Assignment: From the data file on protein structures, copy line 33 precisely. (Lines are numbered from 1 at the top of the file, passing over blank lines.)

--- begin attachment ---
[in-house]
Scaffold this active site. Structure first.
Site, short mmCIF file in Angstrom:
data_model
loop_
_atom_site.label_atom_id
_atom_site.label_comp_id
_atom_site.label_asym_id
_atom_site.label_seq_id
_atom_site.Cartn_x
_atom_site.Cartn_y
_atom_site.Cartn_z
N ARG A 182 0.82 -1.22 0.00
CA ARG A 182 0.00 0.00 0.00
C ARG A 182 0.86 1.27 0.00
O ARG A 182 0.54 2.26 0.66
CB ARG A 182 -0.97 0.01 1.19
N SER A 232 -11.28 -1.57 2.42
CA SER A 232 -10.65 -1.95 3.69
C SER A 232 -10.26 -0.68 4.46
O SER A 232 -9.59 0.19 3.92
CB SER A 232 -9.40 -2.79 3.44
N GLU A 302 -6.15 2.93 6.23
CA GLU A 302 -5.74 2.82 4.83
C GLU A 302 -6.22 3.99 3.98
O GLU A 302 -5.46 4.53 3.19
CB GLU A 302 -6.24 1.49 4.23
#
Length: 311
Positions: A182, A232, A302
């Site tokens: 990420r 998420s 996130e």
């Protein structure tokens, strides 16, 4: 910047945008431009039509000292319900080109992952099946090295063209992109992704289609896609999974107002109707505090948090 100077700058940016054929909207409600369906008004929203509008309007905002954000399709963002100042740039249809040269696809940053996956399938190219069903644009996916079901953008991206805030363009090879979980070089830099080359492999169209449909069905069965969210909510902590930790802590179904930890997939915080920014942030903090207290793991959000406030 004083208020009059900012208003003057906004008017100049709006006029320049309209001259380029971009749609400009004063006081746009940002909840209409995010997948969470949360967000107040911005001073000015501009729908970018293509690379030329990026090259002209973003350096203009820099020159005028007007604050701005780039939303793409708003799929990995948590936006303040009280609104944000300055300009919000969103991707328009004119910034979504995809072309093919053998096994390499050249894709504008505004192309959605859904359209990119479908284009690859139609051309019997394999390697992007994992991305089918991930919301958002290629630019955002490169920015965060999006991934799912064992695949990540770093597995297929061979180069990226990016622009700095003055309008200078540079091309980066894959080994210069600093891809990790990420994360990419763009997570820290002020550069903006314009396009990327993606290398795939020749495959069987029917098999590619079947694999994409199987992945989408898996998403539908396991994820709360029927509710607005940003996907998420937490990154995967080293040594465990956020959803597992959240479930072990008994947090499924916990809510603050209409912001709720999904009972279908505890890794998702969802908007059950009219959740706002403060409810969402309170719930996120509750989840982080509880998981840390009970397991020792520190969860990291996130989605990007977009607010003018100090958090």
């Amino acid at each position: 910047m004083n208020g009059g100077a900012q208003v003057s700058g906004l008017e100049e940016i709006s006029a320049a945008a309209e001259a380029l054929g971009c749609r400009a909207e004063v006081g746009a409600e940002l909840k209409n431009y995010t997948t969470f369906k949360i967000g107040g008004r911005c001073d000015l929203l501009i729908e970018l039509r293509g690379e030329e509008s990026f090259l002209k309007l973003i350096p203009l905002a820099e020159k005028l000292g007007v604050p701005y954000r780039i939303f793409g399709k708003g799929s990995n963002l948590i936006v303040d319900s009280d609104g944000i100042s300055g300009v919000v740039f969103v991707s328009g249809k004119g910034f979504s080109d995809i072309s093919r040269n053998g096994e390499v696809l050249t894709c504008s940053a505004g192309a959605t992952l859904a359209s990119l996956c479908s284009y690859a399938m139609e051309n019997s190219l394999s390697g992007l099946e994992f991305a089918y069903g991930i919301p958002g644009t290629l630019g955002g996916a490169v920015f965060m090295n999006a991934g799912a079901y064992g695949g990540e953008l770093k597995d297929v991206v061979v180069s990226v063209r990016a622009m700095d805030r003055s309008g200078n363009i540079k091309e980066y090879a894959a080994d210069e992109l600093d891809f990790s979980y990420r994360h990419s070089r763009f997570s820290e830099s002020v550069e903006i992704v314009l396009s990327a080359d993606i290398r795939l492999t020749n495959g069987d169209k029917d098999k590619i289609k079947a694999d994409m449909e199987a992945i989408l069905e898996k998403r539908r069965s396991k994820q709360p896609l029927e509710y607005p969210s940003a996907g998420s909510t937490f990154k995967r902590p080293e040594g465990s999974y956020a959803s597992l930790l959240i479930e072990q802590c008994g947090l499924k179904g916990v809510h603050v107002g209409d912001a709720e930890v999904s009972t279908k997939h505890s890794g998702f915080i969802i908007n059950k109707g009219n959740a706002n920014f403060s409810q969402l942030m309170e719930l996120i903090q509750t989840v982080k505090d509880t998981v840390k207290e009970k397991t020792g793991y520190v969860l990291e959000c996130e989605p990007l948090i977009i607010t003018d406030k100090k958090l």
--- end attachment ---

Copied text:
């Amino acid at each position: 910047m004083n208020g009059g100077a900012q208003v003057s700058g906004l008017e100049e940016i709006s006029a320049a945008a309209e001259a380029l054929g971009c749609r400009a909207e004063v006081g746009a409600e940002l909840k209409n431009y995010t997948t969470f369906k949360i967000g107040g008004r911005c001073d000015l929203l501009i729908e970018l039509r293509g690379e030329e509008s990026f090259l002209k309007l973003i350096p203009l905002a820099e020159k005028l000292g007007v604050p701005y954000r780039i939303f793409g399709k708003g799929s990995n963002l948590i936006v303040d319900s009280d609104g944000i100042s300055g300009v919000v740039f969103v991707s328009g249809k004119g910034f979504s080109d995809i072309s093919r040269n053998g096994e390499v696809l050249t894709c504008s940053a505004g192309a959605t992952l859904a359209s990119l996956c479908s284009y690859a399938m139609e051309n019997s190219l394999s390697g992007l099946e994992f991305a089918y069903g991930i919301p958002g644009t290629l630019g955002g996916a490169v920015f965060m090295n999006a991934g799912a079901y064992g695949g990540e953008l770093k597995d297929v991206v061979v180069s990226v063209r990016a622009m700095d805030r003055s309008g200078n363009i540079k091309e980066y090879a894959a080994d210069e992109l600093d891809f990790s979980y990420r994360h990419s070089r763009f997570s820290e830099s002020v550069e903006i992704v314009l396009s990327a080359d993606i290398r795939l492999t020749n495959g069987d169209k029917d098999k590619i289609k079947a694999d994409m449909e199987a992945i989408l069905e898996k998403r539908r069965s396991k994820q709360p896609l029927e509710y607005p969210s940003a996907g998420s909510t937490f990154k995967r902590p080293e040594g465990s999974y956020a959803s597992l930790l959240i479930e072990q802590c008994g947090l499924k179904g916990v809510h603050v107002g209409d912001a709720e930890v999904s009972t279908k997939h505890s890794g998702f915080i969802i908007n059950k109707g009219n959740a706002n920014f403060s409810q969402l942030m309170e719930l996120i903090q509750t989840v982080k505090d509880t998981v840390k207290e009970k397991t020792g793991y520190v969860l990291e959000c996130e989605p990007l948090i977009i607010t003018d406030k100090k958090l």